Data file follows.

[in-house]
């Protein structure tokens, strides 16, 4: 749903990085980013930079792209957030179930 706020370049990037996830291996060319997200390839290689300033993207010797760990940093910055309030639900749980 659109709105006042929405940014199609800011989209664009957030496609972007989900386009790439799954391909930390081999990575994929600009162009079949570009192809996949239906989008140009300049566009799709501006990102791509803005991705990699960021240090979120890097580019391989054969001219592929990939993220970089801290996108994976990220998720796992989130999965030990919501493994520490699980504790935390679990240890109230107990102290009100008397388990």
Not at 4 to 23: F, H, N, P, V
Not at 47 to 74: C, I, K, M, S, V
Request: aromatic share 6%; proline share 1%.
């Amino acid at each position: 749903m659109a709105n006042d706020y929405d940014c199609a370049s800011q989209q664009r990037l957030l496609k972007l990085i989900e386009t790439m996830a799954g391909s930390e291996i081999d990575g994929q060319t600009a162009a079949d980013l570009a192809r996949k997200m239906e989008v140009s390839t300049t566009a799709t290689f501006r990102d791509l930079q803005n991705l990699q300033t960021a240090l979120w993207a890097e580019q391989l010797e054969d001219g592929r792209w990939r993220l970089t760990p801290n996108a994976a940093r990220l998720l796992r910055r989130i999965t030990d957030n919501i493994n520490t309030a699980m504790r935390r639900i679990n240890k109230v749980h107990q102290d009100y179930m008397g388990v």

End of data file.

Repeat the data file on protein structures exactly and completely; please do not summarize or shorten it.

[in-house]
């Protein structure tokens, strides 16, 4: 749903990085980013930079792209957030179930 706020370049990037996830291996060319997200390839290689300033993207010797760990940093910055309030639900749980 659109709105006042929405940014199609800011989209664009957030496609972007989900386009790439799954391909930390081999990575994929600009162009079949570009192809996949239906989008140009300049566009799709501006990102791509803005991705990699960021240090979120890097580019391989054969001219592929990939993220970089801290996108994976990220998720796992989130999965030990919501493994520490699980504790935390679990240890109230107990102290009100008397388990």
Not at 4 to 23: F, H, N, P, V
Not at 47 to 74: C, I, K, M, S, V
Request: aromatic share 6%; proline share 1%.
């Amino acid at each position: 749903m659109a709105n006042d706020y929405d940014c199609a370049s800011q989209q664009r990037l957030l496609k972007l990085i989900e386009t790439m996830a799954g391909s930390e291996i081999d990575g994929q060319t600009a162009a079949d980013l570009a192809r996949k997200m239906e989008v140009s390839t300049t566009a799709t290689f501006r990102d791509l930079q803005n991705l990699q300033t960021a240090l979120w993207a890097e580019q391989l010797e054969d001219g592929r792209w990939r993220l970089t760990p801290n996108a994976a940093r990220l998720l796992r910055r989130i999965t030990d957030n919501i493994n520490t309030a699980m504790r935390r639900i679990n240890k109230v749980h107990q102290d009100y179930m008397g388990v």